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01 November 2005

Am I free to choose my future?

Am I free to choose my future?

by Michael Ramsden

Do we exercise choice, or has everything already been decided? The issue of freewill and predestination has raised its head in every generation of Christians. The mental gymnastics leave many feeling confused or disappointed.

Did you choose to read this article, or has God already determined that you will ... or won't? Maybe if you get halfway through, put down the article, and then pick it up again, you might think that you have double-bluffed God. We know that nothing takes Him by surprise, but we also often reject the idea of fatalism.

The real problem is that the question is not nearly difficult enough. To truly appreciate the magnitude of what we are discussing, we must first deal with something greater: Imagine if I were able to stop time right now. What would I be thinking? What would I be feeling? The answer is nothing.

In the absence of time, we cannot think or feel or do. Everything is frozen. People sometimes complain that I speak too quickly. It is a fair criticism, because in the absence of sufficient time we cannot think things through. In the absence of time altogether, however, we cannot even begin to think.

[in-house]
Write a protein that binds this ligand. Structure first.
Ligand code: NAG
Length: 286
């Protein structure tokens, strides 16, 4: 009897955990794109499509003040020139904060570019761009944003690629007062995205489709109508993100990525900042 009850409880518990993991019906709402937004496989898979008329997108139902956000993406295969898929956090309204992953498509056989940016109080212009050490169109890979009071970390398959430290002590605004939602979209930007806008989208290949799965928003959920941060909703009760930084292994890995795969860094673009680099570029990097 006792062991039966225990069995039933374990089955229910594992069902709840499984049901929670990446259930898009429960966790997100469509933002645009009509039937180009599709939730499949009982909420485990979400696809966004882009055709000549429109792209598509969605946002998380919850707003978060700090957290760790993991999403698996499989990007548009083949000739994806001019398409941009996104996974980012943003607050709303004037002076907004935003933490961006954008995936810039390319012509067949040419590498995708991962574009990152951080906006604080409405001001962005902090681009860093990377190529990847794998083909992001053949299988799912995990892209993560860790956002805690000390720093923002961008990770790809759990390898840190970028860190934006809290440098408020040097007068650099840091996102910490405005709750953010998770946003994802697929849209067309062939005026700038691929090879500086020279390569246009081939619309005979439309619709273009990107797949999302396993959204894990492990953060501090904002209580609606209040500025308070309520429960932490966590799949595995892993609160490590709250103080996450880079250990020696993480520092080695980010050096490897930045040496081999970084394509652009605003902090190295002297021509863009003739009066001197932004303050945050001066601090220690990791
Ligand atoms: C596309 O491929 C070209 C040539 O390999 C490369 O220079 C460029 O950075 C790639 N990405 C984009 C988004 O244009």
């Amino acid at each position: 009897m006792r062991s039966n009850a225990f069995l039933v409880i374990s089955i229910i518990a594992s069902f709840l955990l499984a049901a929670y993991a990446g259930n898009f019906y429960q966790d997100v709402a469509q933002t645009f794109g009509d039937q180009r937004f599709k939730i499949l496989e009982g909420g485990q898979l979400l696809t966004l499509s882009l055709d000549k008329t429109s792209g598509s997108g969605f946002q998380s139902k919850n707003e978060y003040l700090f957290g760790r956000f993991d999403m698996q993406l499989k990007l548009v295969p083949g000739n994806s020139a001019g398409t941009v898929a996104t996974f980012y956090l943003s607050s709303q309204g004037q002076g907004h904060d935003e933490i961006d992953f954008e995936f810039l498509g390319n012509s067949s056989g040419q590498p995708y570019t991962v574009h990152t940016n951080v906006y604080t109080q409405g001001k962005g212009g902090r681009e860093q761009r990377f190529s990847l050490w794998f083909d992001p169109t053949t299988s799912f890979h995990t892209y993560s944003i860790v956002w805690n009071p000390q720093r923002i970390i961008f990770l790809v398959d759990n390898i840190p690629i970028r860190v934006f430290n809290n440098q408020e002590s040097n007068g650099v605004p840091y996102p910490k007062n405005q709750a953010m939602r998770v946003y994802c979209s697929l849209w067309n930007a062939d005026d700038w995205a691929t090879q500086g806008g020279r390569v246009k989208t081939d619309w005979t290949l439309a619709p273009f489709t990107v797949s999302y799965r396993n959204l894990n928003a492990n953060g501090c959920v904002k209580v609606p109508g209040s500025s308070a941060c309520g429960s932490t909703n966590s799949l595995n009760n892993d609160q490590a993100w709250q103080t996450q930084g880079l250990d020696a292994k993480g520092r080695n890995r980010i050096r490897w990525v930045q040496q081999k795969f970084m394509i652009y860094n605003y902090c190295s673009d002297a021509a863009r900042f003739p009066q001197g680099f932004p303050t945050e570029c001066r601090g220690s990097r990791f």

This is because we live and have our existence in a space-time continuum. Space and time are related. We ‘belong to eternity stranded in time,’ observes Michael Card in his song Joy in the Journey. Yet time is not co-eternal with God, which is why the New Testament speaks of God before time began (2 Timothy 1.8-9; Titus 1.2). God was a thinking, feeling, doing Being before He created. Can you imagine a being who is able to think in the absence of time? Of course not, but we worship a God who does this.